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Canary Islands

The Canary Islands (Spanish: Islas Canarias) are an Atlantic territory of Spain off the coast of Morocco and Western Sahara.

Islands

The Canary archipelago consists of 8 inhabited islands, and a few smaller uninhabited ones.

  • 1 Tenerife — The largest island with an area of 2 034 km² and also the most popular tourist destination of the archipelago, with 5.77 million tourists in 2016. It has many museums and monuments that serve as portrayals of its rich history, but suffers under low cost mass tourism from the European mainland. Its oldest mountain ranges are young compared to its neighboring islands, and volcanic activity did not begin to occur here until 8-12 million years ago, while other islands had it well over 20 million years ago. The highest mountain of Spain and 3rd largest volcano in the world (3718 m), El Teide, dominates the landscape of the island. The Capital city is Santa Cruz de Tenerife, home to the Canary Island Parliament. The title of capital city is shared with San Cristóbal de La Laguna, home to the oldest university on the Canary Islands. With a population of 900k people, it is the most populous island.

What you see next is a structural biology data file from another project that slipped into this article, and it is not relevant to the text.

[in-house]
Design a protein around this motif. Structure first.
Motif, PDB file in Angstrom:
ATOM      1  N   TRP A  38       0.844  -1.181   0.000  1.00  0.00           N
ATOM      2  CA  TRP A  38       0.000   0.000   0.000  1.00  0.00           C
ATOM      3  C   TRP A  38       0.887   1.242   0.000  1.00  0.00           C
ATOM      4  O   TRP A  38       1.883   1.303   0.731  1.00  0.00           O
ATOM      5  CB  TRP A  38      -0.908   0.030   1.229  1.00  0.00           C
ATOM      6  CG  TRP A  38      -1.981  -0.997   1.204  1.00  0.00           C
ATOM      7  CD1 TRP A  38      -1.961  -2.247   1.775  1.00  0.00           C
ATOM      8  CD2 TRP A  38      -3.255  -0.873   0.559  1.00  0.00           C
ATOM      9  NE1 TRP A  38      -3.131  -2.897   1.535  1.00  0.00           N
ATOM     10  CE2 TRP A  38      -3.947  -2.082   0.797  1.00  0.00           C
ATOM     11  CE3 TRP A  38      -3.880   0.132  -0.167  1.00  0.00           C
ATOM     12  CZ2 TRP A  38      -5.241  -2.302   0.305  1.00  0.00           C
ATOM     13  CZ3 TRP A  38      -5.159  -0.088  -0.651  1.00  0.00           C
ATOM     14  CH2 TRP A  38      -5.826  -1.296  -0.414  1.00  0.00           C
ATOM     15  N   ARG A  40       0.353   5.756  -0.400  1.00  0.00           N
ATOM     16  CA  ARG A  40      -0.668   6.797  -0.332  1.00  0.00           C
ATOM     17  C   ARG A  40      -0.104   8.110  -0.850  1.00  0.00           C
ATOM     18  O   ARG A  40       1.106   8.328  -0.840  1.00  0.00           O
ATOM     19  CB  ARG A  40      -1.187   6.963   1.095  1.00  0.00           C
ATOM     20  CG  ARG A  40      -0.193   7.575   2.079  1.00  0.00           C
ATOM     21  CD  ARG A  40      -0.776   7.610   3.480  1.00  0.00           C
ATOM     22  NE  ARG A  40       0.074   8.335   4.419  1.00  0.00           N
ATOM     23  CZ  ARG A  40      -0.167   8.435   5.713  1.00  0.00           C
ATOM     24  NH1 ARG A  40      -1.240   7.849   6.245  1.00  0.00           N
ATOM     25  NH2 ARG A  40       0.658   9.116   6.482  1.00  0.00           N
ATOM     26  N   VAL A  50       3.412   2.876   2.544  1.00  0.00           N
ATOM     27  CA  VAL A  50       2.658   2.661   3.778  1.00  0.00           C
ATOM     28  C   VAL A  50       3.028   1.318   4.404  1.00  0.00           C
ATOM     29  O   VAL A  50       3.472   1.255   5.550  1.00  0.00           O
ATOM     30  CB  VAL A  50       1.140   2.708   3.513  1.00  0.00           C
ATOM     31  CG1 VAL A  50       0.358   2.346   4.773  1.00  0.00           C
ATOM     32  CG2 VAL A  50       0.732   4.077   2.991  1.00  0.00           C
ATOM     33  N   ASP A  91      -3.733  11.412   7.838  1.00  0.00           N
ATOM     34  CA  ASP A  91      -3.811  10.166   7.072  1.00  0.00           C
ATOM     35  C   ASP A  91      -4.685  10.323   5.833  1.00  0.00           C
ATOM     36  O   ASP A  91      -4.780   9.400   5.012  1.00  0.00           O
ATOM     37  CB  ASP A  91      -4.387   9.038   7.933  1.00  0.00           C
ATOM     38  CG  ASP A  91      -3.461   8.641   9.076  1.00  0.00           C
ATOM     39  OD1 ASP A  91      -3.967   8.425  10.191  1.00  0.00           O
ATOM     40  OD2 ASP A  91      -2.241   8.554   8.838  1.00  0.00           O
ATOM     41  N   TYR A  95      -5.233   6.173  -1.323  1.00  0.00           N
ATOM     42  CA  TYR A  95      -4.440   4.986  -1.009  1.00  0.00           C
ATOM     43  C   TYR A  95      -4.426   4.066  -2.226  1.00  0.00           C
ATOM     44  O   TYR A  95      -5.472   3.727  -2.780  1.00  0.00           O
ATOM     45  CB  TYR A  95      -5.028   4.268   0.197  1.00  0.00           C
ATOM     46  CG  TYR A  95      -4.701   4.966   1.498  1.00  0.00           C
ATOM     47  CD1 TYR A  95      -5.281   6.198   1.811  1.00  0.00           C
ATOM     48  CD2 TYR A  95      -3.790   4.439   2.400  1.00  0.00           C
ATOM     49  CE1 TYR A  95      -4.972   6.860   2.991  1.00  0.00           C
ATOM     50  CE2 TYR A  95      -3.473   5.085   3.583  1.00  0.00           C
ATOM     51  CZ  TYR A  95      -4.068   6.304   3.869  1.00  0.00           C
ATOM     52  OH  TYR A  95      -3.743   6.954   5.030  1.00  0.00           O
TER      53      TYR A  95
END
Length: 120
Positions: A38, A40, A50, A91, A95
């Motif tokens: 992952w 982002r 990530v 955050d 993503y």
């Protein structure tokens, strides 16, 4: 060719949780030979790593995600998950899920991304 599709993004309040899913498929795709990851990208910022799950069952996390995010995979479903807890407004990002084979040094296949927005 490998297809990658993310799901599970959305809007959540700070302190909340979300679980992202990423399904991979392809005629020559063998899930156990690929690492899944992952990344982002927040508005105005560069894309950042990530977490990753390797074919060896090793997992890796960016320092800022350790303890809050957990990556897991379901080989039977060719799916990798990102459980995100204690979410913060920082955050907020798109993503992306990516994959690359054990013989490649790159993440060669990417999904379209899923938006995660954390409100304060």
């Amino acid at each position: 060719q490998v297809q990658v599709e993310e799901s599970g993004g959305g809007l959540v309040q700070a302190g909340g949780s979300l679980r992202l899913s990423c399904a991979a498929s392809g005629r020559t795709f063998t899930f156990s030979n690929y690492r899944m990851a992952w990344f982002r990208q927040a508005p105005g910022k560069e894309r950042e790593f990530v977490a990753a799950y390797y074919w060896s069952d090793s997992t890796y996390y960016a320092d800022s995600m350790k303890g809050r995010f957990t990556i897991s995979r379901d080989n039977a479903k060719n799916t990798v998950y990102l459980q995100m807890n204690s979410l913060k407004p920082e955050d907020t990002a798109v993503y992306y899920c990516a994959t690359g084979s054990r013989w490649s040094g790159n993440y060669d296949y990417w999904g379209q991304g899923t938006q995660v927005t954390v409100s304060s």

• 2 Fuerteventura — Second largest island, with an area of 1 660 km², but compared to Tenerife relatively thinly populated with only 100k inhabitants. There are fewer attractions, but in turn the island has not yet fallen prey to mass tourism. Its capital, Puerto del Rosario, is fairly laid back and has a few architectural gems to offer. Fuerteventura is a paradise for windsurfing.